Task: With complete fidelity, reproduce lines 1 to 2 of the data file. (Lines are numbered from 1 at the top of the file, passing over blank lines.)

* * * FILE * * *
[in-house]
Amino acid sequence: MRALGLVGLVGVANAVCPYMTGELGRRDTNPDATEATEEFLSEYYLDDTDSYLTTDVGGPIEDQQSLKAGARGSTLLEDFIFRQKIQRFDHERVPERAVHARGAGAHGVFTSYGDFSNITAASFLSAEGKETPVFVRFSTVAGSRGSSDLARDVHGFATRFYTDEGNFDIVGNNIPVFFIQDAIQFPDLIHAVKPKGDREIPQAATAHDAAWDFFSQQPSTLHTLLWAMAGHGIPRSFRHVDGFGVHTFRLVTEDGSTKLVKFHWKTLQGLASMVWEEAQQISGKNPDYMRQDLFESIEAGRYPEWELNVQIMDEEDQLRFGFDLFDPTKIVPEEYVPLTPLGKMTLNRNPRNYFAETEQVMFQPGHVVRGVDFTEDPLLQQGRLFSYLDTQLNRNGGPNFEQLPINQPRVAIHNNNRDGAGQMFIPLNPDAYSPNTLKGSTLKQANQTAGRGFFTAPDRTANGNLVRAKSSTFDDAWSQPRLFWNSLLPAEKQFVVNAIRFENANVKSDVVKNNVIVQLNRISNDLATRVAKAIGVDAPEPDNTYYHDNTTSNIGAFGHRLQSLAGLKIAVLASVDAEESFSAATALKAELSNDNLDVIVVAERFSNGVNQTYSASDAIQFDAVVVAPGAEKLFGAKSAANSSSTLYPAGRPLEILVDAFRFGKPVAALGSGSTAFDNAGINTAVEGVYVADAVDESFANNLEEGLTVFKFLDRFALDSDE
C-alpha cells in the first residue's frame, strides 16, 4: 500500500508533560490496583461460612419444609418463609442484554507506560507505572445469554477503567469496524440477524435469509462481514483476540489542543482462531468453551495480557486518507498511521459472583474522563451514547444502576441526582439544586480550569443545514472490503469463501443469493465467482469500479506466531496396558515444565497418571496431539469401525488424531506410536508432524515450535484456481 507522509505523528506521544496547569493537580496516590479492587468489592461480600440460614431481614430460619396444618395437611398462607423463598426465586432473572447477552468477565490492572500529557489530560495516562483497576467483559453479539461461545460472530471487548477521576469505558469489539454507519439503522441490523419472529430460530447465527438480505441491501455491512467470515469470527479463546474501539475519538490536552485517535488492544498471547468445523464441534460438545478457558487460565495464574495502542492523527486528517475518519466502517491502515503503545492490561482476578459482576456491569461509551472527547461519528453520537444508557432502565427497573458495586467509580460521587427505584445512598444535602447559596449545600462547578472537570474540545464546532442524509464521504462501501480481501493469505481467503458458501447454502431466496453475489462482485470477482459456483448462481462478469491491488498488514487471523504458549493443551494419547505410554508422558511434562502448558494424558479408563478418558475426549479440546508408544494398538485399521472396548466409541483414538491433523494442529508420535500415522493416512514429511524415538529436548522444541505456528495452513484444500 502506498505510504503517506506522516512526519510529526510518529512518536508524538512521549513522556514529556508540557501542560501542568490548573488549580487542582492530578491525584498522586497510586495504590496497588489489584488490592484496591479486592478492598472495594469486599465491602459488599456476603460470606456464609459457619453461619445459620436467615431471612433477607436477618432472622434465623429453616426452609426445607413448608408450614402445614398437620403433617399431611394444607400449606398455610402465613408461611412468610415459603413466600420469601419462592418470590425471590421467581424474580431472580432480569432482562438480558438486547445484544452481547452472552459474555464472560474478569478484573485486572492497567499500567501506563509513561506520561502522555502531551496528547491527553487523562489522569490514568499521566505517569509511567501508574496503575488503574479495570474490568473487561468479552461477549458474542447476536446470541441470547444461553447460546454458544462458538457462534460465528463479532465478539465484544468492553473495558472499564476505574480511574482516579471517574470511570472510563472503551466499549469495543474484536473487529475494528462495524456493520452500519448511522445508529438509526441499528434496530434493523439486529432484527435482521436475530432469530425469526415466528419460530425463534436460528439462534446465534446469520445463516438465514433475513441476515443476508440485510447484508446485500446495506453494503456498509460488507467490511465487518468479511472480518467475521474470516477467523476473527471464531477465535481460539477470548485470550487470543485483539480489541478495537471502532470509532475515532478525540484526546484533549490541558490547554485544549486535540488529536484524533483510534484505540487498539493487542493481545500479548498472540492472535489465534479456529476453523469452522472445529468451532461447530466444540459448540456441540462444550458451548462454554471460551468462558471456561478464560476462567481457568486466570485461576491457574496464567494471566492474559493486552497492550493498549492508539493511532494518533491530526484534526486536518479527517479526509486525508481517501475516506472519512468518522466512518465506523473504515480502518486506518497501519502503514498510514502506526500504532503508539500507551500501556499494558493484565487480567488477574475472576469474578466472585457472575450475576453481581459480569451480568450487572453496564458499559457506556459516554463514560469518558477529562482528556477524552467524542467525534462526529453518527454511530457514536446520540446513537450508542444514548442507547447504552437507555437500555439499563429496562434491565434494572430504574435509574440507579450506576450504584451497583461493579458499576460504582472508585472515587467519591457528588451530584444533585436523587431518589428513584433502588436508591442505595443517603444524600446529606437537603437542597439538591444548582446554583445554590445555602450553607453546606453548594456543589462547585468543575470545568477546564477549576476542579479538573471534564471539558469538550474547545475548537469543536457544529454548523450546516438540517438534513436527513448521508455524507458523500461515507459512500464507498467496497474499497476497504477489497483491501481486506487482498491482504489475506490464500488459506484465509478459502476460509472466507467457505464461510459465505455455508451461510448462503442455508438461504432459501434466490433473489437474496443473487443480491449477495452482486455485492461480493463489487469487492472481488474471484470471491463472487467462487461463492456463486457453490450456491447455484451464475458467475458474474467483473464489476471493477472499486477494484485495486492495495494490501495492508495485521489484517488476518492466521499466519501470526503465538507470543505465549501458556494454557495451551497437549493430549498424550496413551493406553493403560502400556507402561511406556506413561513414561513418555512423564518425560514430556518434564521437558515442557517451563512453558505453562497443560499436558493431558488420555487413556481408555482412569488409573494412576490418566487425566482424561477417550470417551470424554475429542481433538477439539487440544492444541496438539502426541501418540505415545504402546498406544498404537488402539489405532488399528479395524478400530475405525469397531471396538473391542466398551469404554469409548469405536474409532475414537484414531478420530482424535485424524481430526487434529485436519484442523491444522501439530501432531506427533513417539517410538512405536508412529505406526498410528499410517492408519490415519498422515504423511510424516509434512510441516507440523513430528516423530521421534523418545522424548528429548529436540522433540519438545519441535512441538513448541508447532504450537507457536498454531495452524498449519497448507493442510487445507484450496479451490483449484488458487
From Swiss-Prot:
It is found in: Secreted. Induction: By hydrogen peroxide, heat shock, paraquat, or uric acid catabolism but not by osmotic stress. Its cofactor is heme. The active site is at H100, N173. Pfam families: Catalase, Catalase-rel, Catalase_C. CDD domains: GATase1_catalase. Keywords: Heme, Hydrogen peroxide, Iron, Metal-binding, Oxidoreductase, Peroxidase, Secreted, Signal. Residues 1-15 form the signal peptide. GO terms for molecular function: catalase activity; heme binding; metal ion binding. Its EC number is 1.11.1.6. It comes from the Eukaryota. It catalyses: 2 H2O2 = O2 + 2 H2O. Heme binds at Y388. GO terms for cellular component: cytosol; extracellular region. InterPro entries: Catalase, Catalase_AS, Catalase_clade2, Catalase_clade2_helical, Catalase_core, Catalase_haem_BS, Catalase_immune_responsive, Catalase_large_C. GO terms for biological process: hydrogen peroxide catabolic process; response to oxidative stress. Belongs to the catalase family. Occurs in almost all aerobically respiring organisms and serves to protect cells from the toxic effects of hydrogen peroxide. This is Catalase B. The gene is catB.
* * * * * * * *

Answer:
[in-house]
Amino acid sequence: MRALGLVGLVGVANAVCPYMTGELGRRDTNPDATEATEEFLSEYYLDDTDSYLTTDVGGPIEDQQSLKAGARGSTLLEDFIFRQKIQRFDHERVPERAVHARGAGAHGVFTSYGDFSNITAASFLSAEGKETPVFVRFSTVAGSRGSSDLARDVHGFATRFYTDEGNFDIVGNNIPVFFIQDAIQFPDLIHAVKPKGDREIPQAATAHDAAWDFFSQQPSTLHTLLWAMAGHGIPRSFRHVDGFGVHTFRLVTEDGSTKLVKFHWKTLQGLASMVWEEAQQISGKNPDYMRQDLFESIEAGRYPEWELNVQIMDEEDQLRFGFDLFDPTKIVPEEYVPLTPLGKMTLNRNPRNYFAETEQVMFQPGHVVRGVDFTEDPLLQQGRLFSYLDTQLNRNGGPNFEQLPINQPRVAIHNNNRDGAGQMFIPLNPDAYSPNTLKGSTLKQANQTAGRGFFTAPDRTANGNLVRAKSSTFDDAWSQPRLFWNSLLPAEKQFVVNAIRFENANVKSDVVKNNVIVQLNRISNDLATRVAKAIGVDAPEPDNTYYHDNTTSNIGAFGHRLQSLAGLKIAVLASVDAEESFSAATALKAELSNDNLDVIVVAERFSNGVNQTYSASDAIQFDAVVVAPGAEKLFGAKSAANSSSTLYPAGRPLEILVDAFRFGKPVAALGSGSTAFDNAGINTAVEGVYVADAVDESFANNLEEGLTVFKFLDRFALDSDE